PH115

Extech ExStik Replacement Flat Surface Refillable pH Electrode

Extech ExStik Replacement Flat Surface Refillable pH Electrode

Description

The Extech ExStick Replacement Flat Surface Refillable pH Electrode is for use with ExStick Refillable pH meters.

Features

  • Easy to clean, rugged flat surface refillable pH electrode
  • ATC via built-in Pt-100Ohm sensor
  • Complete with protective connector cap
Your Price
$54.99
In Stock

Shipping Information
Return Policy
Why Buy From Fondriest?

Details

The Extech ExStick Replacement Flat Surface Refillable pH Electrode provides an economical way to refill an electrode module. It eliminates the problem with limited electrode shelf life, contamination, and usage life. The module is interchangeable with ExStik Chlorine or ORP meters. 

What's Included:
  • (1) Replacement electrode
Image Part # Product Description Price Stock Order
Extech ExStik Replacement Flat Surface Refillable pH Electrode PH115 ExStik replacement refillable pH electrode
$54.99
In Stock
Image Part # Product Description Price Stock Order
Extech ExStik Refillable pH Meter PH110 ExStik refillable pH meter
$119.99
Drop ships from manufacturer
Extech ExStik pH Electrode Filling Solution Kit PH113 ExStik pH electrode filling solution kit
$18.99
Drop ships from manufacturer

Related Products

In The News

Ocean acidification: University of Washington's giant plastic bags help control research conditions

With oceans becoming more acidic worldwide, scientists are getting creative in designing experiments to study them. For example, one group at the University of Washington is using giant plastic bags to study ocean acidification. Each bag holds about 3,000 liters of seawater and sits in a cylinder-like cage for stability. The group at UW, made up of professors and students, is controlling carbon dioxide levels in the bags over a nearly three-week period, during which they are looking at the effects of increased acidity on organisms living near the San Juan Islands. “These mesocosms are a way to do a traditional experiment you might do in a lab or classroom,” said Jim Murray, professor of oceanography at the University of Washington.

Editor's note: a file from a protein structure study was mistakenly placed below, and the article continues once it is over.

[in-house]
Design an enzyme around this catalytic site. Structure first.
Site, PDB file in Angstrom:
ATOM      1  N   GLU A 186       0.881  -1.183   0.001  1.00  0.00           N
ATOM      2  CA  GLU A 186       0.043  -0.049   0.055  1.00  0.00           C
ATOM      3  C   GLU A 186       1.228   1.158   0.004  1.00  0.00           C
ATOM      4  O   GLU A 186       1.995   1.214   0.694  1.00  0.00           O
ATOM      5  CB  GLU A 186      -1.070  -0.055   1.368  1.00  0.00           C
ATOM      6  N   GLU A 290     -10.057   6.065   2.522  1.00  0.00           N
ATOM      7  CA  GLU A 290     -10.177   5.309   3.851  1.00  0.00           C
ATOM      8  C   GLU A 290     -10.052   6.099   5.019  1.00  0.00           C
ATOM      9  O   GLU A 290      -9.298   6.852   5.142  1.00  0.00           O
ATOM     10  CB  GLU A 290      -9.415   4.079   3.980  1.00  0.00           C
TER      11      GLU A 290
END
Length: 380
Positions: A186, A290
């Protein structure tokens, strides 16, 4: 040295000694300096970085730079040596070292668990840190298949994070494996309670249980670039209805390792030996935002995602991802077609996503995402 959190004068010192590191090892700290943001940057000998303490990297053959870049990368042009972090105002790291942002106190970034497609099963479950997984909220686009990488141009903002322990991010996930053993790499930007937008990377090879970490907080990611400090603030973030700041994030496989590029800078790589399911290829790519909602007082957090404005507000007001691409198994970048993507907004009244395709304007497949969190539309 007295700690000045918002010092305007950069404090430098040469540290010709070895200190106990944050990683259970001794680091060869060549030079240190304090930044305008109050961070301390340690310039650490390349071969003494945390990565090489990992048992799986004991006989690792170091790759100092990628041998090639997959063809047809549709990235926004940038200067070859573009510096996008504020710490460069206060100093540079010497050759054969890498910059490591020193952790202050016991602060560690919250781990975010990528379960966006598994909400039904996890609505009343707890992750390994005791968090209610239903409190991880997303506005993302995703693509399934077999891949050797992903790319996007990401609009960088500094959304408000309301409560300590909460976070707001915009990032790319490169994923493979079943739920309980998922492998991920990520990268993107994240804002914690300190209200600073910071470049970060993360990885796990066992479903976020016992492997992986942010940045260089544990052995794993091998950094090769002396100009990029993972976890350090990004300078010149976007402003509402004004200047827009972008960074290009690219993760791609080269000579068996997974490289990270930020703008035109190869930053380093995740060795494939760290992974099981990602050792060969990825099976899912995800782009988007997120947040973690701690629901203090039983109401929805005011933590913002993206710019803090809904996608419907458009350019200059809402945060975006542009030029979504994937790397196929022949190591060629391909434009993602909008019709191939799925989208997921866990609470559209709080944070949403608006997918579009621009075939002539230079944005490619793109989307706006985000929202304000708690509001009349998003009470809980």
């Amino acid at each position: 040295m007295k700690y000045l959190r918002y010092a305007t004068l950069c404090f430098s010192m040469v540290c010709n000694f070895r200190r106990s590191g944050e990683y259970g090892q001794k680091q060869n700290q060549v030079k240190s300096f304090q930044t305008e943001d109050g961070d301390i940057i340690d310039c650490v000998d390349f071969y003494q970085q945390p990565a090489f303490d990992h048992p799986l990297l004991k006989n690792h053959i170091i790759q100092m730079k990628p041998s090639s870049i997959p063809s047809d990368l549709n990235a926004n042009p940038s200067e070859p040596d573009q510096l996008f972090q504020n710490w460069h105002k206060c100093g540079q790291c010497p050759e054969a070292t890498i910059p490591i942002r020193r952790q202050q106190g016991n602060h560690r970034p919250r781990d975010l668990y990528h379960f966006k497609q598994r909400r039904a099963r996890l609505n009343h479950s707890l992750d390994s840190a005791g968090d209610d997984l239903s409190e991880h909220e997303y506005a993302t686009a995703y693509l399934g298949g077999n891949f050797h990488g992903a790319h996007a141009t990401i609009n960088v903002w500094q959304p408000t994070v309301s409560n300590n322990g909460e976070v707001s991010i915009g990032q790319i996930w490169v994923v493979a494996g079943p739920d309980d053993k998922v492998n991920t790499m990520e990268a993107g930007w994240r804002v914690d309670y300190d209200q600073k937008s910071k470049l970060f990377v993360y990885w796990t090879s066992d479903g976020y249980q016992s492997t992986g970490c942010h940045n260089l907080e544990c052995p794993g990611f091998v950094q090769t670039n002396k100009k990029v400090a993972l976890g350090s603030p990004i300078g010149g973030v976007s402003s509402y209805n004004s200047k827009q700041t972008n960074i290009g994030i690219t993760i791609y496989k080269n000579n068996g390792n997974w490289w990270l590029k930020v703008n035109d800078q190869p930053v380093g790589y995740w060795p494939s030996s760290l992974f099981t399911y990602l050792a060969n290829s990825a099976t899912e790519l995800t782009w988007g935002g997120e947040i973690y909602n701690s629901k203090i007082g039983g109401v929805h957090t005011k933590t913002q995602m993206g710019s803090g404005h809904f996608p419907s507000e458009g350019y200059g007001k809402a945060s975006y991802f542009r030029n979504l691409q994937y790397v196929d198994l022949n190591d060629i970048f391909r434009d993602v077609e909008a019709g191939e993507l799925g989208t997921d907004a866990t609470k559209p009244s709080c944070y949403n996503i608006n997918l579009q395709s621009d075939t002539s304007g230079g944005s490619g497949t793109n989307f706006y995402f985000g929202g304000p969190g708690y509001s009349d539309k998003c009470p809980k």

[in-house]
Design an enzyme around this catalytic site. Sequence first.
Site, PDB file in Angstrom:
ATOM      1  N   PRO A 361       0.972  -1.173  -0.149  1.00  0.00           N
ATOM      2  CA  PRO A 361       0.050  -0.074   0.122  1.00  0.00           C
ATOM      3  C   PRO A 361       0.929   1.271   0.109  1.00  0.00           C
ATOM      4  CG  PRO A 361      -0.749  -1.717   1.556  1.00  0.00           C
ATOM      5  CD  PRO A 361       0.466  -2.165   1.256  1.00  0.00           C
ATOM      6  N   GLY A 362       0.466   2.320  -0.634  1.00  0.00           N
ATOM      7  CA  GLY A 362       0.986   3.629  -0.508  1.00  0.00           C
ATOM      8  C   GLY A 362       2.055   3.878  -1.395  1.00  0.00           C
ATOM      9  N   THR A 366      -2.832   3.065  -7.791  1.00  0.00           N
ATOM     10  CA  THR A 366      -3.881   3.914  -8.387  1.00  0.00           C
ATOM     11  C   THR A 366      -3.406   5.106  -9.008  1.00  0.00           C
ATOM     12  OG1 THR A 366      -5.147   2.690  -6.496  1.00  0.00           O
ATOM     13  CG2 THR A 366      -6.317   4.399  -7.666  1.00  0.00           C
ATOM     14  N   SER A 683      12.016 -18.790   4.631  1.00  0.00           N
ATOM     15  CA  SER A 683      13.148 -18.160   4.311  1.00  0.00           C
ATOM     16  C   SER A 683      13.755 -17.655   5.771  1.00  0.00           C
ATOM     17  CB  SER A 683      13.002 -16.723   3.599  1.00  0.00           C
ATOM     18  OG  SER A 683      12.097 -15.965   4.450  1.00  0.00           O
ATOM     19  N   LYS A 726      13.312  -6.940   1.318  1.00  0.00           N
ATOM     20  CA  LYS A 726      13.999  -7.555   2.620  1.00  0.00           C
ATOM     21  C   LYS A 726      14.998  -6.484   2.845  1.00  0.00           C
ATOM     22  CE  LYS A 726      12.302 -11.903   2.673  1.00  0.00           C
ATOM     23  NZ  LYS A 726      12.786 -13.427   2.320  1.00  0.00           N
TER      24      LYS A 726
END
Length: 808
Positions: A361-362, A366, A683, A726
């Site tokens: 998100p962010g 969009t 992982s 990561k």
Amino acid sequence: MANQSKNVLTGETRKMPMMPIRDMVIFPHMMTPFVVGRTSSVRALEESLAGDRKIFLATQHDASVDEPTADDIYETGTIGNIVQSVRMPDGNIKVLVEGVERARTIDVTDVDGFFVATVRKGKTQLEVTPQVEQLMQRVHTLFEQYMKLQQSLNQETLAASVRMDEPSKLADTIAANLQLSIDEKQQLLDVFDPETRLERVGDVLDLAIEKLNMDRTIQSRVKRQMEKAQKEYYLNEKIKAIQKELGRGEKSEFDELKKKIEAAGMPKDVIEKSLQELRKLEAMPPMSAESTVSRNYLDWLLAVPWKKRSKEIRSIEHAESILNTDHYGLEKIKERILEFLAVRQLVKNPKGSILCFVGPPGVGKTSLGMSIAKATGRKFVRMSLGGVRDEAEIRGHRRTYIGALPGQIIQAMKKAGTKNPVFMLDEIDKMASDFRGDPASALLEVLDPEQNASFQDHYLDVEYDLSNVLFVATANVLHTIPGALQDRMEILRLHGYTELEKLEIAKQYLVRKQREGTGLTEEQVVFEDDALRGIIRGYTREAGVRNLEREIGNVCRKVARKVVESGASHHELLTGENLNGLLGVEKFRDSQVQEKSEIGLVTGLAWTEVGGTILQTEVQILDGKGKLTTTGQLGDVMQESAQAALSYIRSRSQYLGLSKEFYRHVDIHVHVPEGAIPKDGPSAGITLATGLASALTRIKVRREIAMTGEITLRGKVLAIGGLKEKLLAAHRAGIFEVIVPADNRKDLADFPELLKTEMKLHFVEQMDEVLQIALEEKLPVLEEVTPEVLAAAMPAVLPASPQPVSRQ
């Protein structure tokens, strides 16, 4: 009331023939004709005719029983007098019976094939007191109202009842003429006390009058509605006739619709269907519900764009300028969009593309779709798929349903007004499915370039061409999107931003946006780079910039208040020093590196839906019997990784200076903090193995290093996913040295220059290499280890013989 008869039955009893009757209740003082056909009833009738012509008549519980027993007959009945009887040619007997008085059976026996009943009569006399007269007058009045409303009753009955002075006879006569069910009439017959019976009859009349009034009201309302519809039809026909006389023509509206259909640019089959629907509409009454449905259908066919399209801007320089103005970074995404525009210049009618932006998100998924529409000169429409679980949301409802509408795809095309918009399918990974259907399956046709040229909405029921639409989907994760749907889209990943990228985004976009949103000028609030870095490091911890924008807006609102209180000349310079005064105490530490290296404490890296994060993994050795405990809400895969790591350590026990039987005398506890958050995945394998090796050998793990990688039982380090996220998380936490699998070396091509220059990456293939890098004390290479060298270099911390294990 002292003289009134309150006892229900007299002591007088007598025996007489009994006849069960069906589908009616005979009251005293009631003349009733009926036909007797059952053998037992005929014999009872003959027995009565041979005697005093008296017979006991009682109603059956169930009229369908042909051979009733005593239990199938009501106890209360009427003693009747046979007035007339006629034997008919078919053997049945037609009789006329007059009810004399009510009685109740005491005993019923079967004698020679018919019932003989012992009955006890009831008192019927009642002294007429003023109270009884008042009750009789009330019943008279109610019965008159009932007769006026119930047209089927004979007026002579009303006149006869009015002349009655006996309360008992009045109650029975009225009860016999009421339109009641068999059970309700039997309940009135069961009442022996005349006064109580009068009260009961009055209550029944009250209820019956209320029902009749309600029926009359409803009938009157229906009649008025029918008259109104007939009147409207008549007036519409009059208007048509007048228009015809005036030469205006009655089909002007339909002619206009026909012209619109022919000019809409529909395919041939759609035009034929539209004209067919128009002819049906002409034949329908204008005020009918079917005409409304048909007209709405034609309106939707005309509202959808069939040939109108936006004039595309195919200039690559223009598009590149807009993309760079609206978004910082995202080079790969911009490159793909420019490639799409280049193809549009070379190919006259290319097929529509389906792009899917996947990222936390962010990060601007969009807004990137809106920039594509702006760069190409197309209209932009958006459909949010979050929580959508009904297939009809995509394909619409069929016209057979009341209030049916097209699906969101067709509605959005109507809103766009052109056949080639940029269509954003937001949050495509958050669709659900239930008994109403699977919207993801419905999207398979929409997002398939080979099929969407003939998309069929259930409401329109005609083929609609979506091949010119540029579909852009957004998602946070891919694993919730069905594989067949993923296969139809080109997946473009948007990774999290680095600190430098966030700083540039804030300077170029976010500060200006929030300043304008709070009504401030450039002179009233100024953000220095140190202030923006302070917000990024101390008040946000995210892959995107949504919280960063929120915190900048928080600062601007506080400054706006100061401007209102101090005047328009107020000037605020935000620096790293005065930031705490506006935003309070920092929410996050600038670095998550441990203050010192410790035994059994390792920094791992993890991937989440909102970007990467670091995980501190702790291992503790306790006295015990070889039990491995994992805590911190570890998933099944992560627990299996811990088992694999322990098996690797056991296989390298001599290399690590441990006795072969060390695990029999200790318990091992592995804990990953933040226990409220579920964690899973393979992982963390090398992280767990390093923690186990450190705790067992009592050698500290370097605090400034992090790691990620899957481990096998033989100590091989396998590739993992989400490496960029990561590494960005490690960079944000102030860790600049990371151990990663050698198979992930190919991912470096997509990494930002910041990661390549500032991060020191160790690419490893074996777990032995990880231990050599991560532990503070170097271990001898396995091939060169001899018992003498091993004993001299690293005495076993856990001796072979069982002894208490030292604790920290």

Read More

NOAA Alaska buoy network to monitor North Pacific ocean acidification

National Oceanic and Atmospheric Administration scientists detected signs of ocean acidification in the waters that hold the vulnerable and valuable fisheries of the North Pacific off the coast of Alaska, but they only had a snapshot of the action. “We know that in this place were important commercial and subsistence fisheries that could be at risk from ocean acidification,” said Jeremy Mathis, a NOAA Pacific Marine Environmental Laboratory researcher and professor at the University of Alaska Fairbanks. To understand how ocean acidification affects the North Pacific, NOAA scientists created a mooring network that collects constant in situ data on parameters contributing to acidification. They hope it will reveal seasonal trends and patterns left out by their snapshots.

Read More

In-Home Water Testing: A Talk With the Creator of Tap Score by SimpleWater

In the wake of various water quality crises from Flint, Michigan and Puerto Rico, there is a growing interest and demand among consumers for home water testing. Enter DIY water testing kits like Tap Score by SimpleWater. Tap Score in particular was conceived of and launched by former UC Berkeley grad student John Pujol and co-founder and CTO Julio Rodriguez. “In 2015 we began testing small and rural communities for arsenic in their water,” Pujol explains. “We found it much more frequently than we expected, and also discovered that people in these towns greatly appreciated someone telling them what was in their water and how to fix it.

Read More